Which is a better predictor of victory on appeal, a good issue or a good lawyer? Here’s my ludicrous proposal for an experiment to test that. Start with 100 lawyers and 100 cases. Have each of the 100 lawyers do all 100 appeals. Then you have data on which lawyers won more often (better lawyers) and on which cases won more often (stronger cases). Which would have better shot to win, the 50th-best lawyer with the 10th-strongest case, or the 10th-best lawyer with the 50th-strongest case? I bet most judges think the strength of the issue has more of an impact on who wins, but my own hunch is that the quality of the lawyer matters more.
Such navel-gazing is inspired by today’s fascinating reversal in US v. Dung Bui. Mr. Bui pled guilty to conspiracy to distribute drugs. Apparently the reason he chose to plead guilty was that his lawyer told him that a guilty plea would let him avoid a 10-year mandatory minimum prison sentence per the “safety valve.” But, in fact, he never was eligible for the safety valve, so he got the mandatory minimum. Bui filed a motion under 28 USC 2255 (the federal-conviction equivalent of habeas corpus) arguing that his lawyer provided ineffective assistance of counsel by incompetently advising him to plead guilty. He lost in district court, pro se like almost all 2255 litigants, and then appealed. CA3 granted a certificate of appealability (meaning they ruled that the issue was debatable among jurists of reason and therefore the appeal was allowed to proceed), and they appointed a lawyer to do the appeal. And that’s where it gets interesting.
The appointed lawyer (not an appellate specialist, judging from his website*) reviewed the case and decided that the issue was frivolous. So instead of filing a brief, he filed an Anders brief and asked the court to let him withdraw. The court granted his motion to withdraw, but then it did something remarkable: it appointed new counsel to replace him. Those new counsel were Brett Sweitzer and Maria Pulzetti, Assistant Federal Defenders in the E.D.Pa. Federal Community Defender’s appeals unit. They are two of the ablest appellate lawyers I know.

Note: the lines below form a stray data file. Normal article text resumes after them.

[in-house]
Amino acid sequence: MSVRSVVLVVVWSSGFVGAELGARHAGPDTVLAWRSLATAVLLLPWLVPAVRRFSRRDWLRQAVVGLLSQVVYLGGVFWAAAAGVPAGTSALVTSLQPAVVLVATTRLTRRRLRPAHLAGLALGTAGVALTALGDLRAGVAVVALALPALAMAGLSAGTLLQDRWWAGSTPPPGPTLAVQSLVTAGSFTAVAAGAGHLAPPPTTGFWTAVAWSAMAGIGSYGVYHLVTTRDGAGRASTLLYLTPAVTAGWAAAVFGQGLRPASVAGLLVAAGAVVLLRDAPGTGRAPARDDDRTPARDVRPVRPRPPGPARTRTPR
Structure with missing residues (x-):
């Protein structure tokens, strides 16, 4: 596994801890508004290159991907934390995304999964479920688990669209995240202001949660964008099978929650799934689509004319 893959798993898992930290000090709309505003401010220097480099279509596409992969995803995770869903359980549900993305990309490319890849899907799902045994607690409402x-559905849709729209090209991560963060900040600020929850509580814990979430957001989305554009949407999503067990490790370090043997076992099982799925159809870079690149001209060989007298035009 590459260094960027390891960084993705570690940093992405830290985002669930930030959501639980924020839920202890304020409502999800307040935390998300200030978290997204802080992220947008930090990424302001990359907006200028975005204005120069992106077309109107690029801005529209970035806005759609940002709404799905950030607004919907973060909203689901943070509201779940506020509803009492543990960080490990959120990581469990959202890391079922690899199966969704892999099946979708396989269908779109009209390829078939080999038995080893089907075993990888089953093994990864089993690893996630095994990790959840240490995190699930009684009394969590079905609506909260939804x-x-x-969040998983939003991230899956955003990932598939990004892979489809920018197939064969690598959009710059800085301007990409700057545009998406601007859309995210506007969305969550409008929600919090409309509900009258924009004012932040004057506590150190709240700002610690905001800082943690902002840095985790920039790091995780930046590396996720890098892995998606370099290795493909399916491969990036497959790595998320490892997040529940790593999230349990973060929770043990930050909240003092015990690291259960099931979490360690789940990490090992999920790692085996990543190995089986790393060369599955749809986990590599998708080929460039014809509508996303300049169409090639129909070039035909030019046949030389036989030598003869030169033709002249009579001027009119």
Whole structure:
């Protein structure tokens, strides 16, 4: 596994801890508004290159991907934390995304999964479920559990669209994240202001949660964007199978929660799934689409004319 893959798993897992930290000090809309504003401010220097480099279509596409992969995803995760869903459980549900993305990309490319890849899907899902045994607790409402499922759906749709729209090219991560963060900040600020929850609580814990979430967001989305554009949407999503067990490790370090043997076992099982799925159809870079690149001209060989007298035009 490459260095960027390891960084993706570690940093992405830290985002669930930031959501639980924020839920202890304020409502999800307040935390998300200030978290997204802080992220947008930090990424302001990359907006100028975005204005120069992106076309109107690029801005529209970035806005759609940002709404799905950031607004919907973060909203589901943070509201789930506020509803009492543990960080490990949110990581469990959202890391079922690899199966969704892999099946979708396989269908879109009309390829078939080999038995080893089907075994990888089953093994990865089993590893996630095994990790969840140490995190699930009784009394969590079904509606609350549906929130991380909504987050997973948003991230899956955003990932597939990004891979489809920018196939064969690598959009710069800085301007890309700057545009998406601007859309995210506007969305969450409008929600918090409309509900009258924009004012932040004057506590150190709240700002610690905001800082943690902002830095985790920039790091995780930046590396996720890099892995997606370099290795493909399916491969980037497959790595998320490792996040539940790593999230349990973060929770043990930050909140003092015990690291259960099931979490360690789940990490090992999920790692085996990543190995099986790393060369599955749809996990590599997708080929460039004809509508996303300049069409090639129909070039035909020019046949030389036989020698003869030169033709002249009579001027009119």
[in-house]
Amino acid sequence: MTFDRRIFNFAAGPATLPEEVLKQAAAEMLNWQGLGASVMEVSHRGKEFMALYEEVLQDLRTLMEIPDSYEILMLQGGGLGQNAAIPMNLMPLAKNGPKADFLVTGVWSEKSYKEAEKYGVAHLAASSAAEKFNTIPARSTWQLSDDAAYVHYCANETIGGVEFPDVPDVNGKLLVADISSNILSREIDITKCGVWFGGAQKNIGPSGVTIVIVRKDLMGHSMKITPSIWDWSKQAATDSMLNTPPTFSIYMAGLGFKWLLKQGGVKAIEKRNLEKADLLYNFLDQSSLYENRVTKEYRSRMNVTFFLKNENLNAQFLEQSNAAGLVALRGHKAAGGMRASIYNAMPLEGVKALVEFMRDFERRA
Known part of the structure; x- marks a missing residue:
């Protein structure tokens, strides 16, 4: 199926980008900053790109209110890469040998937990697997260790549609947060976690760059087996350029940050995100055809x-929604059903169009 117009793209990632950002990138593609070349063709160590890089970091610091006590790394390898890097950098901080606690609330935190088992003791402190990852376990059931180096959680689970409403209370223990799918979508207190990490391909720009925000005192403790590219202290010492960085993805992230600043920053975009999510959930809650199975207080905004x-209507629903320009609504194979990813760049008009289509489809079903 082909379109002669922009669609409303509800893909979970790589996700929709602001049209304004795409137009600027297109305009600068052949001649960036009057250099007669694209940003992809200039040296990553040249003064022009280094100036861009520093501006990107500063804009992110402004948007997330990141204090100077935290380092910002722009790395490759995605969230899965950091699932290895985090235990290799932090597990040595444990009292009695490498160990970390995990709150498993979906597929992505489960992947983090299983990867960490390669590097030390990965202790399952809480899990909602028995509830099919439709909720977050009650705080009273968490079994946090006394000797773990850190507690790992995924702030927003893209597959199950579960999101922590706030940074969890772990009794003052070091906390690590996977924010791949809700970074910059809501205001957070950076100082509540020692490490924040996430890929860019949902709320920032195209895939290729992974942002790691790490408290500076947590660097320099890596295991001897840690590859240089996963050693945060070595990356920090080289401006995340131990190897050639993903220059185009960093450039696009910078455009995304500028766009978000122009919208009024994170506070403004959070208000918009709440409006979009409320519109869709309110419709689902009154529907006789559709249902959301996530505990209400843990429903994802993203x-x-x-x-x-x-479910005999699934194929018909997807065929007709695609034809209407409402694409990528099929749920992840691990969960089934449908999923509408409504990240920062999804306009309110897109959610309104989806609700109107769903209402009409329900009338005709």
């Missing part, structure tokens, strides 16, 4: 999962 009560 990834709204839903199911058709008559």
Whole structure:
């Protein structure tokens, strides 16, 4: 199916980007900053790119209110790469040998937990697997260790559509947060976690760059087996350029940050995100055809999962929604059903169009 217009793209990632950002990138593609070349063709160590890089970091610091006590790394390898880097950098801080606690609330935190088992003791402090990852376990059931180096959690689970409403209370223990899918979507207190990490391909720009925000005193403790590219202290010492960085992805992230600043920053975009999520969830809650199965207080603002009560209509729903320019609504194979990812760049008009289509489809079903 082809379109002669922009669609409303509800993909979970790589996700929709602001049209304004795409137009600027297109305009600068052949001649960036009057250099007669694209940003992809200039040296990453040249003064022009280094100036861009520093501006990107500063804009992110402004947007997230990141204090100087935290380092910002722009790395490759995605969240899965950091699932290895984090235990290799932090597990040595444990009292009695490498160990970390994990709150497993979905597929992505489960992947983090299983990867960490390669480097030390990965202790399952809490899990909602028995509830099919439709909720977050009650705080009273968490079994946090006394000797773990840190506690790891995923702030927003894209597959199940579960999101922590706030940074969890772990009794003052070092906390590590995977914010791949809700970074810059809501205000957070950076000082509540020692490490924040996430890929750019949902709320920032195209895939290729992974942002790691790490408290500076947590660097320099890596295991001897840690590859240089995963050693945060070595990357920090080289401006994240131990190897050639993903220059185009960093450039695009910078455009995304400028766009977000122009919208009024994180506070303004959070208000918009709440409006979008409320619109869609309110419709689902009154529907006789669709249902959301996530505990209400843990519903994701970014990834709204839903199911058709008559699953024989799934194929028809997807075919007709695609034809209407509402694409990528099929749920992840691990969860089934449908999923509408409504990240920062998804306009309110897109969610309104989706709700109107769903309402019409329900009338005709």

The upshot: far from agreeing that Bui’s issue was frivolous, today a unanimous panel granted relief on his plea-stage-IAC claim and reversed. The main legal issue was whether the district court was right that the plea colloquy cured counsel’s mistaken advice — it did not here, as it would in “the majority of guilty plea cases,” because the judge never said Bui would be ineligible for the safety valve and some of his statements about sentencing discretion were confusing given the mandatory minimum.
(And, to add another wrinkle to the do-lawyers-matter question, Bui had a co-defendant who lost on “the same issues” in an unpublished opinion by a different — and more conservative — panel 3 weeks ago, here. That panel denied on prejudice grounds, relying on the plea and colloquy.*)
The case is US v. Bui. Opinion by Greenaway, joined by McKee and Fuentes. The case was decided without oral argument.
In today’s other published opinion, the court upheld the dismissal of a qui tam suit under the False Claims Act on the ground that the claimant lacked the direct and independent knowledge required to establish subject-matter jurisdiction.
The case is US ex rel. Schumann v. Astrazeneca Pharm. Opinion by Roth, joined by Greenaway and Vanaskie. Arguing counsel were Paul Honigsberg for the claimant and Mark Haddad and Catherine Stetson for the appellees.
* To be clear, I’m not familiar with either Bui’s original appeal lawyer or Pham’s lawyer, and apart from reading the Anders brief and skimming Pham’s opening brief, I know nothing about the quality of their work. Nothing here is intended as a comment on either’s ability or performance in this case.